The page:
The ratio of any two corresponding sides in two equiangular triangles is always the same.

It is believed that he had used a result called the Basic Proportionality Theorem (now known as the Thales Theorem) for the same.


To understand the Basic Proportionality Theorem, let us perform the following activity:

Activity 2

Draw any angle XAY and on its one arm AX, mark points (say five points) P, Q, D, R and B such that AP = PQ = QD = DR = RB.

Now, through B, draw any line intersecting arm AY at C (see Fig. 6.9).


Fig. 6.9

Also, through the point D, draw a line parallel to BC to intersect AC at E. Do you observe from your constructions that (AD / DB) = (3/2)? Measure AE and EC. What about (AE / EC) ? Observe that (AE / EC) is also equal (3 / 2) to. Thus, you can see that in Δ ABC, DE || BC and (AD / DB) = (AE / EC). Is it a coincidence? No, it is due to the following theorem (known as the Basic Proportionality Theorem):

Theorem 6.1 :

If a line is drawn parallel to one side of a triangle to intersect the other two sides in distinct points, the other two sides are divided in the same ratio.

Proof :

We are given a triangle ABC in which a line parallel to side BC intersects other two sides AB and AC at D and E respectively (see Fig. 6.10).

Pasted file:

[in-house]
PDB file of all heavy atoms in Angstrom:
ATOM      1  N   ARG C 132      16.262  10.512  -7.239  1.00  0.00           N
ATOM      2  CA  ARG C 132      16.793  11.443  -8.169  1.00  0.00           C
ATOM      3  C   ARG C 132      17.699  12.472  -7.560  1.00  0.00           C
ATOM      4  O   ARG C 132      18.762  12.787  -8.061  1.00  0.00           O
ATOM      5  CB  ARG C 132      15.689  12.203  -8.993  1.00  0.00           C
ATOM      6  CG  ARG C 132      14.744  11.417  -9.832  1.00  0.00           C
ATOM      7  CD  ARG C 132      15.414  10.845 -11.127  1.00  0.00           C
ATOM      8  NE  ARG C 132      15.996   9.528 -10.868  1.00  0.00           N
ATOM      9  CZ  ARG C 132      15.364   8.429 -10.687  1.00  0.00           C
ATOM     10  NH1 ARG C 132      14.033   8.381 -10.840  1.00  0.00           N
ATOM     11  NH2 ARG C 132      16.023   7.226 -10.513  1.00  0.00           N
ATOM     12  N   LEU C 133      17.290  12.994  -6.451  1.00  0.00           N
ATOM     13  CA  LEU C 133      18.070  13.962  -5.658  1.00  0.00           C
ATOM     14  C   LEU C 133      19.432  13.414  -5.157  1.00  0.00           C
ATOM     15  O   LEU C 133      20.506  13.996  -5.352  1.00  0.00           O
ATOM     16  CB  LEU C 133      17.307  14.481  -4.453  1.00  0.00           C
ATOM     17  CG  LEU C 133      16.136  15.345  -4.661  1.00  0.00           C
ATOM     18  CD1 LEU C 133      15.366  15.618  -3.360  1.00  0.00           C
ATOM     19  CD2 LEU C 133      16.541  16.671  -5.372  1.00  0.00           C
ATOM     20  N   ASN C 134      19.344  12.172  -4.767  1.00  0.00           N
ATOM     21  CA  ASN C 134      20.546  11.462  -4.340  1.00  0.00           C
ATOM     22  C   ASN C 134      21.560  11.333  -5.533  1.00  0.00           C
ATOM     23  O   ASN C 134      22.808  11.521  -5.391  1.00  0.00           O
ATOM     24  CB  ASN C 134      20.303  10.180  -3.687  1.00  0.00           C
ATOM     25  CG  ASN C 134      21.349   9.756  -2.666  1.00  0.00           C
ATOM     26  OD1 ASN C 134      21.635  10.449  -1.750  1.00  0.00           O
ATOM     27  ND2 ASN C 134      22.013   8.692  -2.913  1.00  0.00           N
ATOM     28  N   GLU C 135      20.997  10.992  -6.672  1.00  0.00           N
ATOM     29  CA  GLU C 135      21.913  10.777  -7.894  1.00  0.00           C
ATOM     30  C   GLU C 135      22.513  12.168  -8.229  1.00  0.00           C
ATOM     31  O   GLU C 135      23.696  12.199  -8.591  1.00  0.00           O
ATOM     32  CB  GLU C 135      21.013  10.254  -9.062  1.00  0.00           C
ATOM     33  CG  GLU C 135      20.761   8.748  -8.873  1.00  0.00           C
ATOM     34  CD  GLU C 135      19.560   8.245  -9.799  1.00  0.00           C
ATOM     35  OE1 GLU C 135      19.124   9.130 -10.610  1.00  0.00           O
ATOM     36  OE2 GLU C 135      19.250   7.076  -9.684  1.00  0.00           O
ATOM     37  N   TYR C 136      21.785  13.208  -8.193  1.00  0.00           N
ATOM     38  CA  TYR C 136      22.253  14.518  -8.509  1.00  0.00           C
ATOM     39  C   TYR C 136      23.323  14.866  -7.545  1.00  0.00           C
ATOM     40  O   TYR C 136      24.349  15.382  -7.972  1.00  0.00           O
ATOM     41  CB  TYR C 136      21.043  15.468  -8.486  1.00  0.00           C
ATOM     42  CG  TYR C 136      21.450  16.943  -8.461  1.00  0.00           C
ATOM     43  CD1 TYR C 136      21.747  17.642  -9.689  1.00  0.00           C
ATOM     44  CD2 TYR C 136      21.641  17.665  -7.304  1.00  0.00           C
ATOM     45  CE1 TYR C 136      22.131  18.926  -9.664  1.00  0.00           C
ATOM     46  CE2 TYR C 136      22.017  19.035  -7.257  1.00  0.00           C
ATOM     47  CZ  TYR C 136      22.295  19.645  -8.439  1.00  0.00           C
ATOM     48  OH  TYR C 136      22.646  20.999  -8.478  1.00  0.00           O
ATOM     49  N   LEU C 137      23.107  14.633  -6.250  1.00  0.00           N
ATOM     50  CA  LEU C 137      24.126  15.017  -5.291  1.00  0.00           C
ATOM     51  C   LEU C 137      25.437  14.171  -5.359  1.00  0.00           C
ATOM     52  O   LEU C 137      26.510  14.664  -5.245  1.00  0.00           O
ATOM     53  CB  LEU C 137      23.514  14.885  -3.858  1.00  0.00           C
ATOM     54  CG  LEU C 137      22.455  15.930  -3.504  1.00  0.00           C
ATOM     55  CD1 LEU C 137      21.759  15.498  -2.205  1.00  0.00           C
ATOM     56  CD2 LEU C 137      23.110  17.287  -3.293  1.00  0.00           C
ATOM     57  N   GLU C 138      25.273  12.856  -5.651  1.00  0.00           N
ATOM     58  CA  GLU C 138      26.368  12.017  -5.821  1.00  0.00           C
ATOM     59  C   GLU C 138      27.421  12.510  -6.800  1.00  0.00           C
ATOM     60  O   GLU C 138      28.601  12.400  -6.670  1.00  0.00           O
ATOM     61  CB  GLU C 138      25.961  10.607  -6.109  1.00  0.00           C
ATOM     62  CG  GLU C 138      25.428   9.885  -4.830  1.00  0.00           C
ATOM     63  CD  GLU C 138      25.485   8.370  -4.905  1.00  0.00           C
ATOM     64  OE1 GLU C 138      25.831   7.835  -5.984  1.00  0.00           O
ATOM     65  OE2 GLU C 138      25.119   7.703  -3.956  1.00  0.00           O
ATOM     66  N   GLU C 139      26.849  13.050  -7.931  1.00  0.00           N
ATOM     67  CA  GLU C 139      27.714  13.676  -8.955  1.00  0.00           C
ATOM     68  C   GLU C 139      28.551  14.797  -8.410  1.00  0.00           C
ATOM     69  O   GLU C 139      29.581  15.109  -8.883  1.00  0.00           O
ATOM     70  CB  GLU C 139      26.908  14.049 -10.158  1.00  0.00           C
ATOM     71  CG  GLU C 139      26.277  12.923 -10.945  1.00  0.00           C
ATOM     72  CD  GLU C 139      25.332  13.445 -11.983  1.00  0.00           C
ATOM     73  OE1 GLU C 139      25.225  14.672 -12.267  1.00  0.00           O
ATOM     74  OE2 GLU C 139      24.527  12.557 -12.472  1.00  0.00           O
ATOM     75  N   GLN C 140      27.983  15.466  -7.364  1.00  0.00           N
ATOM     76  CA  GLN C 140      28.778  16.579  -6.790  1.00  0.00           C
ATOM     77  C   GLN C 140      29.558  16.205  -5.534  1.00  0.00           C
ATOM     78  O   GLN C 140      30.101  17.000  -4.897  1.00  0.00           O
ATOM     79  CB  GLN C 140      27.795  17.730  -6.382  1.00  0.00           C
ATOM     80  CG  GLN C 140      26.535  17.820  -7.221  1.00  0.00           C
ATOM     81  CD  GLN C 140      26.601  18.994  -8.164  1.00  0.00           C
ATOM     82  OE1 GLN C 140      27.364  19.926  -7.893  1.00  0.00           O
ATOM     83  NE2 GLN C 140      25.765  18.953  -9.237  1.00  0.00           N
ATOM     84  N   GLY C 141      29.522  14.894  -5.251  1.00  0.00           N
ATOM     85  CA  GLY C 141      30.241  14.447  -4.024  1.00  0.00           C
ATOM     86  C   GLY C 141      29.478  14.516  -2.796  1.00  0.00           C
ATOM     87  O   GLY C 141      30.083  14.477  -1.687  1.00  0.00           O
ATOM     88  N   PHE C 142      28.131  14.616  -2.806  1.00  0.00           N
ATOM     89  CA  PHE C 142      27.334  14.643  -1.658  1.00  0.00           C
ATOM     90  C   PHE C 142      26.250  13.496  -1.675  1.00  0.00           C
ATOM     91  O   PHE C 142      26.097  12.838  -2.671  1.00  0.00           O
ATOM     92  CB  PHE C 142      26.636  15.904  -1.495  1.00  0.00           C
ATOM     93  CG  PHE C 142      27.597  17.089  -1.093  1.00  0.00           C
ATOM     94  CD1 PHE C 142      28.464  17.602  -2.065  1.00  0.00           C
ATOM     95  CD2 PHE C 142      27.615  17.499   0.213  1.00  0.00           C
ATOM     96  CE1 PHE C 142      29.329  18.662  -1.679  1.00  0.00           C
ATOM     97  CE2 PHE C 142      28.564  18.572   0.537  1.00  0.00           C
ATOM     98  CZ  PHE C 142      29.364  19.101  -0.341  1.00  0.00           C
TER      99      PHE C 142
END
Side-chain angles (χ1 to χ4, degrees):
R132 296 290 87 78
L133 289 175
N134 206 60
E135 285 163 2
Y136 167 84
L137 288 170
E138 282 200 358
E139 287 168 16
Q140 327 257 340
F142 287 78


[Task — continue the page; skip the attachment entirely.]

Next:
Fig. 6.10

We need to prove that (AD / DB) = (AE / EC)

Let us join BE and CD and then draw DM ⊥ AC and EN ⊥ AB.

Now, area of Δ ADE (= 1/2 base × height) = (1/2) AD x EN.

Recall from Class IX, that area of Δ ADE is denoted as ar(ADE).

So, ar(ADE) = (1/2) AD x EN.

Similarly, ar(BDE) = (1/2) DB x EN.

ar(ADE) = (1/2) AE x DM and ar(DEC) = (1/2) EC × DM.

Therefore, ar(ADE) / ar(BDE) = [(1/2) AD x EN] / [(1/2) DB x EN] = (AD/DB) (1)

and ar(ADE) / ar(DEC) = [(1/2) AE × DM] / [(1/2) EC × DM] = (AE/EC) (2)

Note that Δ BDE and DEC are on the same base DE and between the same parallels BC and DE.

So, ar(BDE) = ar(DEC) (3)

Therefore, from (1), (2) and (3), we have :

(AD / AE) = (DB / EC)

Is the converse of this theorem also true (For the meaning of converse, see Appendix 1)? To examine this, let us perform the following activity:

Activity 3 :

Draw an angle XAY on your notebook and on ray AX, mark points B1, B2, B3, B4 and B such that AB1 = B1B2 = B2B3 = B3B4 = B4B.

Similarly, on ray AY, mark points C1, C2, C3, C4 and C such that AC1 = C1C2 = C2C3 = C3C4 = C4C. Then join B1C1 and BC (see Fig. 6.11).


Fig. 6.11

Note that (AB1 / B1B) = (AC1 / C1C ) (Each equal to 1/4)

You can also see that lines B1C1 and BC are parallel to each other, i.e.,

B1C1 || BC (1)

Similarly, by joining B2C2, B3C3 and B4C4, you can see that:

(AB2 / B2B) = (AC2 / C2C) (= 2/3) and B2C2 || BC (2)

(AB3 / B3B) = (AC3 / C3C) (= 3/2) and B3C3 || BC (3)

(AB4 / B4B) = (AC4 / C4C) (= 4/1) and B4C4 || BC (4)